by Justin Walsh '96
Years ago, when my wife Karli Olin Walsh ’96 and I began looking for teaching jobs, we faced limited opportunities. We taught for one year in North Carolina, but both Karli and I felt there was more out there than what we were doing. Then we began to see job postings online to teach overseas, and we were intrigued.
In 1999, we were lucky enough to end up at the University of Northern Iowa job fair for international educators. This is the oldest fair in the states and does a fantastic job helping new teachers find great schools.
The fair was a surreal experience. We interviewed together, and within the first 15 minutes, schools tried to pitch themselves to us. After a whirlwind three days, we needed to make a decision. We had offers from many schools from all over the world, but only two really stood out: one in Bangkok and one in the Dominican Republic. Fate seemed to have brought us this far, so we decided to let her help us make our choice. In the middle of the fair, we sat on the floor in our suits and flipped a coin. It came up Bangkok. Karli and I looked at each other and said together, “The Dominican Republic!”
From there we never looked back. We spent two wonderful years in the Caribbean, then moved halfway around the world to the Philippines. For the longest time our parents continued to ask when we would come home and stop fooling around. They just didn’t get it until we had a daughter and they came to visit. They saw the type of school we were working in and realized it was a real job that let us experience so many different cultures.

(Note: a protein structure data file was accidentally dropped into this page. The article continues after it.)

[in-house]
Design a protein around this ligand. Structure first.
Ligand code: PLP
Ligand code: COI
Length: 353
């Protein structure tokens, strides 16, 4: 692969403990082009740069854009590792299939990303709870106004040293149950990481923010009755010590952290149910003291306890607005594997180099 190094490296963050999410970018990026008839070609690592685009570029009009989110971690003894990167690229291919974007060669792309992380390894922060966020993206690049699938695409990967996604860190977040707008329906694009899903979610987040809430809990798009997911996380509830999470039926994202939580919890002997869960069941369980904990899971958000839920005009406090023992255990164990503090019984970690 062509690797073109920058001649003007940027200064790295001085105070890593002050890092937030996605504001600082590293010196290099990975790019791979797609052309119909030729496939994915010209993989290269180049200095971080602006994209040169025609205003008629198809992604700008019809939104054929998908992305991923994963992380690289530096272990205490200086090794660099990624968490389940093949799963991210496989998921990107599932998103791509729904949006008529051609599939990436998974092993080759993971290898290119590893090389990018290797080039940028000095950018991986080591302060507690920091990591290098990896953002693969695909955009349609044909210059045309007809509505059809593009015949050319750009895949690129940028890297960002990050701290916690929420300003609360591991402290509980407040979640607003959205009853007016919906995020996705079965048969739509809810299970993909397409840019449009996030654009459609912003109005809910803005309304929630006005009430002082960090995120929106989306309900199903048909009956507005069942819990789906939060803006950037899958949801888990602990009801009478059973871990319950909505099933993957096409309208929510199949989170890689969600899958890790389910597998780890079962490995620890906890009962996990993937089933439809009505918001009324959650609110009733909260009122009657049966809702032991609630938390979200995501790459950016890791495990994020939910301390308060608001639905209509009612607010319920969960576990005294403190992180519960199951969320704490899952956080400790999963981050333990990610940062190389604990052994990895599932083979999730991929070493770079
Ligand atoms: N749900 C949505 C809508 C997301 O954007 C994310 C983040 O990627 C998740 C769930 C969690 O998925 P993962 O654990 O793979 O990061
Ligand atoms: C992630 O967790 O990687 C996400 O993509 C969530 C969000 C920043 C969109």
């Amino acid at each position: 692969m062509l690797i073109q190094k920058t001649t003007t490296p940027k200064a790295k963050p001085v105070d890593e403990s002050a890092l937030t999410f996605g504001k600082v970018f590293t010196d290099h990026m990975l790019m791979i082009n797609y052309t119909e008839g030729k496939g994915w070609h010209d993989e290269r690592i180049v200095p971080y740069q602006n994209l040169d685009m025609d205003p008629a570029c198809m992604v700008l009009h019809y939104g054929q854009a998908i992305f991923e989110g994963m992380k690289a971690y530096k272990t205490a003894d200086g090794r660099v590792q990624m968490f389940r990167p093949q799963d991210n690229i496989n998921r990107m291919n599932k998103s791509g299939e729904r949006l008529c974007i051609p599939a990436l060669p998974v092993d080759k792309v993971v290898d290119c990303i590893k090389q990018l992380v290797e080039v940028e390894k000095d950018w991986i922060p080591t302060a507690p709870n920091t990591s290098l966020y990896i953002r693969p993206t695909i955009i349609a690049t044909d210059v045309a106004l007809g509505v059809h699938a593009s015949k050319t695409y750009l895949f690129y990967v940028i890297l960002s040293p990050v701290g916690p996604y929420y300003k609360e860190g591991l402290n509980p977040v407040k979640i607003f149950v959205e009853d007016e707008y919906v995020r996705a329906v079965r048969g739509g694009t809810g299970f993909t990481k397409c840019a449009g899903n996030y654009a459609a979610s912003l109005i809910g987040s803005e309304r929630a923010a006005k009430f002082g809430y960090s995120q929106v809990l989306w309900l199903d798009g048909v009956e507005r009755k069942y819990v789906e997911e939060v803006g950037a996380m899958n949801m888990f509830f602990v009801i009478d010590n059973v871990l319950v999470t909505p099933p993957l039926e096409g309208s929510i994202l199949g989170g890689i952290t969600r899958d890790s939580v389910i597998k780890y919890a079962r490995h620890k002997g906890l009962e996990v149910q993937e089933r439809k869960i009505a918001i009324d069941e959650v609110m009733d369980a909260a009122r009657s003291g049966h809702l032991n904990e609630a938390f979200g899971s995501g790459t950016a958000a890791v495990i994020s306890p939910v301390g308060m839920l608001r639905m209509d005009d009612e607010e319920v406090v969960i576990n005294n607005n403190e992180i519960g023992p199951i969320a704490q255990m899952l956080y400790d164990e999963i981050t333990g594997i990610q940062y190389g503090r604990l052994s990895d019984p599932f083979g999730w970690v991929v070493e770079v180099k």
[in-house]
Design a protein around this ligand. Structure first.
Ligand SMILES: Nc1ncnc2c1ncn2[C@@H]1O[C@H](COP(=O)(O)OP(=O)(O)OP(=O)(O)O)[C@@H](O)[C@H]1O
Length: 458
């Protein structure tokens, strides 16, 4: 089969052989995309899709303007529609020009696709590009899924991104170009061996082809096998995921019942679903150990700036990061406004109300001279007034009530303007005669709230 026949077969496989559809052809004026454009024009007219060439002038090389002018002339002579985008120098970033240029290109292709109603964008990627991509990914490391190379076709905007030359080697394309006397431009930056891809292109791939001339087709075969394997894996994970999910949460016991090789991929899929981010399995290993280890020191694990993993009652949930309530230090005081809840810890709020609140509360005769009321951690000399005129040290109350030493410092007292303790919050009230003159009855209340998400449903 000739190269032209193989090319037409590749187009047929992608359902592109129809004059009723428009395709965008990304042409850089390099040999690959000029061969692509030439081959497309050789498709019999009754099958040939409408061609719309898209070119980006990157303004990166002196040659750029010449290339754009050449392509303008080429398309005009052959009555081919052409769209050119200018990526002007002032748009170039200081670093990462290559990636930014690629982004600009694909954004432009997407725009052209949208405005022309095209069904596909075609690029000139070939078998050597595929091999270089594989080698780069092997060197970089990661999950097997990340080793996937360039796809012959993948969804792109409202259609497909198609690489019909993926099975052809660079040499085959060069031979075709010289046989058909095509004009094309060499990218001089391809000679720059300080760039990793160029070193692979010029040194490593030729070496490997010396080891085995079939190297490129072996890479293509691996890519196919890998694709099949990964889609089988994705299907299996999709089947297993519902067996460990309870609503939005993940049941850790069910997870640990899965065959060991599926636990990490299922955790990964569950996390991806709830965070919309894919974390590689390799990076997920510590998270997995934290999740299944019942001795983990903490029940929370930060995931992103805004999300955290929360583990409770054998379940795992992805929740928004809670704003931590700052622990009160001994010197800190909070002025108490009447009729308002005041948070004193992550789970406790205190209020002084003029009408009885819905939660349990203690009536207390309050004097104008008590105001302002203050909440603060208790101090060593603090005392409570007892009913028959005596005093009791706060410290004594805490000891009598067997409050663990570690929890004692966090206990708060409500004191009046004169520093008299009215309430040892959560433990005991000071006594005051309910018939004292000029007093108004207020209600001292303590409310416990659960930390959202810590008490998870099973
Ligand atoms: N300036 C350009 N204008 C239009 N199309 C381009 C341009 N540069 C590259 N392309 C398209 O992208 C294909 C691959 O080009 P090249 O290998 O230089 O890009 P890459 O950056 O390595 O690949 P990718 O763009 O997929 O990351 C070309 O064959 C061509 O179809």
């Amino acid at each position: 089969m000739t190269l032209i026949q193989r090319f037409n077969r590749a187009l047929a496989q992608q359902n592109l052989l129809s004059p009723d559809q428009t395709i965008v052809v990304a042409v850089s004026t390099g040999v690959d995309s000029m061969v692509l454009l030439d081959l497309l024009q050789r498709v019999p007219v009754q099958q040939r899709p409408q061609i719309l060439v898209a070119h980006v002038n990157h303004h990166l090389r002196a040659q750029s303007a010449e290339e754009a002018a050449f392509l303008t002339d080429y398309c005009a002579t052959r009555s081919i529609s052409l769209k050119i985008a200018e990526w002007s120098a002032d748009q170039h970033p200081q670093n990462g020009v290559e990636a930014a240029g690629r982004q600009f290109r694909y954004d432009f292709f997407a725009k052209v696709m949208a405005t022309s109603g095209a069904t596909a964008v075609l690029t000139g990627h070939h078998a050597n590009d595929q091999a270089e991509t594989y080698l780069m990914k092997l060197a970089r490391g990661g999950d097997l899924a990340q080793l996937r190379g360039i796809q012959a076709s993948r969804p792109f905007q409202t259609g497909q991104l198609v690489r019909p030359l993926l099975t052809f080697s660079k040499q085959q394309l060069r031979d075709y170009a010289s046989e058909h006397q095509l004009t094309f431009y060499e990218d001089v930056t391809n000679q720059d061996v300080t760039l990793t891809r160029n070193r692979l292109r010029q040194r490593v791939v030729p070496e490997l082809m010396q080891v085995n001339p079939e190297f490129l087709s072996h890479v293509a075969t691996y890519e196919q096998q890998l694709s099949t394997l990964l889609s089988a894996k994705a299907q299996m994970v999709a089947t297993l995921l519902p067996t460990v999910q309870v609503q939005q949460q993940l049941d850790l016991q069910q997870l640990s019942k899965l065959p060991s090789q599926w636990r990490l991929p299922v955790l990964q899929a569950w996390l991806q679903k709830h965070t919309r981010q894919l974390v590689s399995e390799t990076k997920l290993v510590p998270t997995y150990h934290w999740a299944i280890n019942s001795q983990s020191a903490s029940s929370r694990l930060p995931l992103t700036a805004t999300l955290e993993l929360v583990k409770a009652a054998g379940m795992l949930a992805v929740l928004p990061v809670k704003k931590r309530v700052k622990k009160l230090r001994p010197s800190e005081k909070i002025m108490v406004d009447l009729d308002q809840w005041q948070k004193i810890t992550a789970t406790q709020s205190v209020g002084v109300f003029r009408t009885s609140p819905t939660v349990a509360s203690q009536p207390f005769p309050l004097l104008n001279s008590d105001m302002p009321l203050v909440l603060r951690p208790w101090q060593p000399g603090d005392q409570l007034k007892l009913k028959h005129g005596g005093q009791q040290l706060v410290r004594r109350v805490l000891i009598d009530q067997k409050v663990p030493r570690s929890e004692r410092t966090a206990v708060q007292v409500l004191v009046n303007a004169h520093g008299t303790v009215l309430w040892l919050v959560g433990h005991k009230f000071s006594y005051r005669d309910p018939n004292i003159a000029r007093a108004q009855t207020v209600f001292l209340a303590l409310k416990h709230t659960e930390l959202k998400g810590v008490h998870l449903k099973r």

Karli and I have been overseas for 16 years now, and we’re hooked on this adventurous lifestyle. We currently live and teach in Doha, Qatar; we’ve traveled to more than 20 different countries. Our children Isabela and Finnian were both born overseas, and their whole education has been in international school settings. We have been fortunate to walk on the Great Wall of China and climb the pyramids as a family. We’ve also supported less fortunate institutions in Manila and China by working side by side with their students to improve their schools. We have friends and colleagues from all over the world, and our children have had classmates of more than 70 different nationalities.
There are days when Karli and I watch our children interact seamlessly with a child from a completely different culture and say, “Can you believe we are here?” There are many possibilities out there; taking chances and being flexible in our surroundings has worked for us.
Living overseas can be challenging. But sometimes you need to peel away many different layers until you find the amazing center that is waiting for you.
Justin Walsh '96 is the high school associate principal in the American School of Doha, Qatar, in 2015. In July 2016, he becomes head of the secondary school at The Bali International School in Indonesia.
The Walsh family in Hittite ruin in Güzelyurt, Turkey
Karli Olin Walsh